Glendale prepares to fork over redevelopment funds

CITY HALL — The City Council on Tuesday gave an initial OK to forking over nearly $12 million in redevelopment funds to Sacramento in exchange for the state allowing Glendale to retain its own agency.

The legislation, adopted last month as part of a plan to fill a massive state budget deficit, calls for the dissolution of local redevelopment agencies as of Oct. 1 unless they agree to reroute billions of dollars to Sacramento.

In order to remain operational, redevelopment agencies must agree to give back a combined $1.7 billion in revenue for the current 2011-12 budget year and $400 million every year thereafter. Cities that agree to the deal will keep control of some of the tax revenue they receive, while those who don't will be ordered not to launch any new projects, spending or borrowing.

In Glendale, officials estimate that translates to a check to Sacramento of $11.9 million this year and $2.8 million next.

The California Redevelopment Assn. is expected to soon file a legal challenge to the legislation, which representatives argue violates the state constitution, including an amendment barring state raids on local funds.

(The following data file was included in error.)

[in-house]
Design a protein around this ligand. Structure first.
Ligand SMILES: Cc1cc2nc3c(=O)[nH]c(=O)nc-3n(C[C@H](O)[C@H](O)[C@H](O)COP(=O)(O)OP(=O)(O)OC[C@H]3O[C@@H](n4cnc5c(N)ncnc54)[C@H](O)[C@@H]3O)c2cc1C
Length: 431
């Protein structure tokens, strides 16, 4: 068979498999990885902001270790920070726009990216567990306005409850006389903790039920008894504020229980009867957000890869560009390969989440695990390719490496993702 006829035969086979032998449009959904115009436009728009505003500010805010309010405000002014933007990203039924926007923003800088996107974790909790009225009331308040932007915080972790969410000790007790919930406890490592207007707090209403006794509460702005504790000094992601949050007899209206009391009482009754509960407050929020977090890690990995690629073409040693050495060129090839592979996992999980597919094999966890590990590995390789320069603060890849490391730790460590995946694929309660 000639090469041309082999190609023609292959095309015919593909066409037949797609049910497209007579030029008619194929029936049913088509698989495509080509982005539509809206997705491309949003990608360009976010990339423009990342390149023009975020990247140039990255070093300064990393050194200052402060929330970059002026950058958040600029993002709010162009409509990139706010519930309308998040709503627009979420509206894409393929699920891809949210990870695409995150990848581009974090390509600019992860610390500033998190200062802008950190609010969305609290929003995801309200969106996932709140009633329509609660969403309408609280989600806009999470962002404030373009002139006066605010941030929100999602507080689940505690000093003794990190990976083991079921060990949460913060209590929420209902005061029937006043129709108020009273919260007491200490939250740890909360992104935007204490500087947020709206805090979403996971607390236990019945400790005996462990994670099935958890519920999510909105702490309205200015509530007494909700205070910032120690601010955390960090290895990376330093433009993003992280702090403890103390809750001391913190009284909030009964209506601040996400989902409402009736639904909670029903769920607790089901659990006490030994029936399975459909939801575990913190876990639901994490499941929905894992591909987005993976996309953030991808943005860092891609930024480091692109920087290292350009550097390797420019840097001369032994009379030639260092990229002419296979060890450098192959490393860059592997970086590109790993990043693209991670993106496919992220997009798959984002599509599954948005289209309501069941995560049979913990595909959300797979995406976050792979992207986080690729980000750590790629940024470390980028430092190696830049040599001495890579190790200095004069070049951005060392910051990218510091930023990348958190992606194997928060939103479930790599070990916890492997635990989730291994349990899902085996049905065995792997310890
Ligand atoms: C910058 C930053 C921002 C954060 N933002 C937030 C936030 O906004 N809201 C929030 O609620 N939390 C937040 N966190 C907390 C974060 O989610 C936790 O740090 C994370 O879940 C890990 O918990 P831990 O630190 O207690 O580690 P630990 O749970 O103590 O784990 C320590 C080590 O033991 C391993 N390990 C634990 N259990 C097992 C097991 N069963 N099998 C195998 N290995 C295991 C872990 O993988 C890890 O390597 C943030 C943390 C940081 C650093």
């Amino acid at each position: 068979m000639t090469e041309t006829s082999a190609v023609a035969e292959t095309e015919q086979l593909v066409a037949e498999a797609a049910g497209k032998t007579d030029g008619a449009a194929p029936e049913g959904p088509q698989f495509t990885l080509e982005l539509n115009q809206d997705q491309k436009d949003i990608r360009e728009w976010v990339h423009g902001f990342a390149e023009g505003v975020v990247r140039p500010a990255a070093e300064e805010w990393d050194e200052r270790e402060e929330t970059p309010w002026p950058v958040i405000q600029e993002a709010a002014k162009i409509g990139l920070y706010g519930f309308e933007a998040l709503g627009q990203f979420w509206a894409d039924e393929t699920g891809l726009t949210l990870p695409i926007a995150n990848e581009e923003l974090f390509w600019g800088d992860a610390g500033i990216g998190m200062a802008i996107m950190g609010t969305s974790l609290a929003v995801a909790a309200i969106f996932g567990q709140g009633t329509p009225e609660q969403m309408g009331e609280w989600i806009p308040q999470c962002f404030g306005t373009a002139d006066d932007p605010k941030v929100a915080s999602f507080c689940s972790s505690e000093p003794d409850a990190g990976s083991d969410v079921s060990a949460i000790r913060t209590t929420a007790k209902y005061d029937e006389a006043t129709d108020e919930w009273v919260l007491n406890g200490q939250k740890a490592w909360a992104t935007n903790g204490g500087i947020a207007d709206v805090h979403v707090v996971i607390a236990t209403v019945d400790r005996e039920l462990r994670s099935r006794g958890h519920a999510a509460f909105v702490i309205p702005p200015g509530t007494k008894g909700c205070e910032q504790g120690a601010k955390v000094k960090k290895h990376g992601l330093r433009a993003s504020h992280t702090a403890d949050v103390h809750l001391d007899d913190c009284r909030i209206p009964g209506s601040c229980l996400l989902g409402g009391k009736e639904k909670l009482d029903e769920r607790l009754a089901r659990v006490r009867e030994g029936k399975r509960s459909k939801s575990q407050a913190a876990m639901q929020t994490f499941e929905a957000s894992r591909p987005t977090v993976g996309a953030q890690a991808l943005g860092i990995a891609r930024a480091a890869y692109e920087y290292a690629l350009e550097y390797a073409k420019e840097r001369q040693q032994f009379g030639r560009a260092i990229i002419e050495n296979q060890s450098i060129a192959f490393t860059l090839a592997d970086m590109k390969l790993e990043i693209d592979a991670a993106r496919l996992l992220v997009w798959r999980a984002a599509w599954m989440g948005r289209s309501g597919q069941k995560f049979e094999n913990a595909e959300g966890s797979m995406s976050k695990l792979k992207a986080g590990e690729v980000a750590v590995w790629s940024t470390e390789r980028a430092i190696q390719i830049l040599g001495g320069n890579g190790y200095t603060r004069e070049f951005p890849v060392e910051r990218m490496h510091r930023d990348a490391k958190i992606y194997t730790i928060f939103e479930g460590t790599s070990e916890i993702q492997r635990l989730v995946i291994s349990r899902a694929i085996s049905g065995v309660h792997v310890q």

On Tuesday, the City Council introduced an emergency ordinance — to be voted on next week — that would authorize the payment, due in January.

City officials said agreeing to the deal was better than the alternative of losing redevelopment funding in its entirety as city officials await the result of the legal challenge.

“We have to do this, hope for the best,” said Councilman Frank Quintero.

While the action would significantly curtail the agency’s ability to take on new projects, city officials said remaining in operation would at least preserve committed projects, ranging from the relocation of Neon Art Museum from Los Angeles to a planned affordable housing development for veterans.

Earlier this year, in anticipation of the state action, city officials hurried to approve projects, including a five-screen Laemmle theater and 42 artist live-work lofts at Maryland and Wilson avenues, as well as a 173-room Courtyard by Marriott Hotel at Central and Wilson avenues.

If the city does not agree to make the payment, the ability to financially support those deals would be extinct, officials said.

“We just don’t believe that’s in the best interest of Glendale,” said City Manager Jim Starbird.


Copyright © 2019, Glendale News-Press
EDITION: California | U.S. & World